How JustAnswer Works:
  • Ask an Expert
    Experts are full of valuable knowledge and are ready to help with any question. Credentials confirmed by a Fortune 500 verification firm.
  • Get a Professional Answer
    Via email, text message, or notification as you wait on our site.
    Ask follow up questions if you need to.
  • 100% Satisfaction Guarantee
    Rate the answer you receive.
Ask Samuel II Your Own Question
Samuel II
Samuel II, Attorney at Law
Category: Estate Law
Satisfied Customers: 27010
Experience:  Experienced in facets of estates and trusts.
Type Your Estate Law Question Here...
Samuel II is online now
A new question is answered every 9 seconds

My sister inlaw has died, she has no living blood relatives.

Customer Question

My sister inlaw has died, she has no living blood relatives. This in Massachusetts. Am I entitled to her estate or dose it go to the state of Massachusetts?
Submitted: 1 year ago.
Category: Estate Law
Expert:  Samuel II replied 1 year ago.


This is Samuel and I will discuss this and provide you information in this regard.

The state will acquire the estate and then try to locate a Next of Kin in the order below:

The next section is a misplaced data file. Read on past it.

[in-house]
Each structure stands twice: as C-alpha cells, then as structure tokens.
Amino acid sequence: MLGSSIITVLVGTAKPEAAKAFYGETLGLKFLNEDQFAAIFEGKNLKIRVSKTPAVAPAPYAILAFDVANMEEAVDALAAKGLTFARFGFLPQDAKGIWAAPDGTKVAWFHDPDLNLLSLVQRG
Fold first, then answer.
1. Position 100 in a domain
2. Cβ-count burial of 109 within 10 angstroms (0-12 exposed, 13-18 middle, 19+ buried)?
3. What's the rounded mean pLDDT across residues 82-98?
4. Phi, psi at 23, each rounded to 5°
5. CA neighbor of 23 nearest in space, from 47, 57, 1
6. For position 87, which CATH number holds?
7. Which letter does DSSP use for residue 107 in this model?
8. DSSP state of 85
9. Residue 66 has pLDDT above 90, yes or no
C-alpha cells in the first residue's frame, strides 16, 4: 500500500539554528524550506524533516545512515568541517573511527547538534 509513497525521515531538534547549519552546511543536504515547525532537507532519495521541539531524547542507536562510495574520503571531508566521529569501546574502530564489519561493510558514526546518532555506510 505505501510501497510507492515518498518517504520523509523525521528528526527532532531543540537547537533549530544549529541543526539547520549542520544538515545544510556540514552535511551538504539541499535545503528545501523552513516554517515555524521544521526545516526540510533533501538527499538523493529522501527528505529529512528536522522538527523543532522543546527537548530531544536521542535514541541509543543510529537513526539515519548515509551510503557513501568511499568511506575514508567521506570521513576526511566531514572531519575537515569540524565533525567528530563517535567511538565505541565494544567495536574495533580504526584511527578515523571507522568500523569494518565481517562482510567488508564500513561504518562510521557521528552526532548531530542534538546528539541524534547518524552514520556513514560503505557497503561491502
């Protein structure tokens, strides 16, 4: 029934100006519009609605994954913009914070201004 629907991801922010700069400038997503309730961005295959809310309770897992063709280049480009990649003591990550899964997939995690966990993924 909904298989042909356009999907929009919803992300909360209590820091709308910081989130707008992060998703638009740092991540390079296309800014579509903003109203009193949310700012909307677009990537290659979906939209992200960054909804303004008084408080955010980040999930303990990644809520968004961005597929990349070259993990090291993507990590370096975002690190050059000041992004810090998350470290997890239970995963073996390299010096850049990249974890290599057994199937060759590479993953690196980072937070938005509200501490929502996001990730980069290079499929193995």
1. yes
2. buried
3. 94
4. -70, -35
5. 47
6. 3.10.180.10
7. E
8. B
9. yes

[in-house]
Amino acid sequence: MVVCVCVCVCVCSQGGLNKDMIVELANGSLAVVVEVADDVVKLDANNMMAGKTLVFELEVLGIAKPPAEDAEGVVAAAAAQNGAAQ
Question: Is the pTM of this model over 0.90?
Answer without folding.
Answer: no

1. Children (normally starting with eldest legal offspring)
  2. Parents
  3. Siblings
  4. Grandchildren
  5. Grandparents
  6. Nieces/Nephews
  7. Aunts/Uncles
  8. Great Grandchildren
  9. Great Grandparents
  10. Great Nieces/Great Nephews
  11. First Cousins
  12. Great Aunts/Great Uncles
  13. Great-Great Grandchildren
  14. Great-Great Grandparents
  15. Great-Great Nieces/Great-Great Nephews
  16. First Cousins Once Removed (the children of First Cousins and descendants of Grandparents)
  17. First Cousins Once Removed (the descendants of Great-Grandparents)
  18. Great-Great Aunts/Great-Great Uncles
  19. Great-Great-Great Grandchildren
  20. Great-Great-Great Grandparents
  21. Great-Great-Great Nieces/Great-Great-Great Nephews
  22. First Cousins Twice Removed (the descendants of Grandparents)
  23. Second Cousins
  24. First Cousins Twice Removed (the descendant of Great-Great Grandparents)
  25. Great-Great-Great Aunts/Great-Great-Great Uncles
  26. Great-Great-Great-Great Grandchildren
  27. Great-Great-Great-Great Grandparents
Customer: replied 1 year ago.
You did not tell me if there are "NO" blood relatives found,(your list), no will of any type is a brother-inlaw,(me), entitled to her estate or dose it revert to the state of Massachusetts?
Expert:  Samuel II replied 1 year ago.

Thank you

If there are no blood relatives, it goes to the state. You are not included, unfortunately. You would not be consider a Next of Kin. I apologize for not being more clear.

Expert:  Samuel II replied 1 year ago.

Relatives by marriage are never considered Next of Kin.

Related Estate Law Questions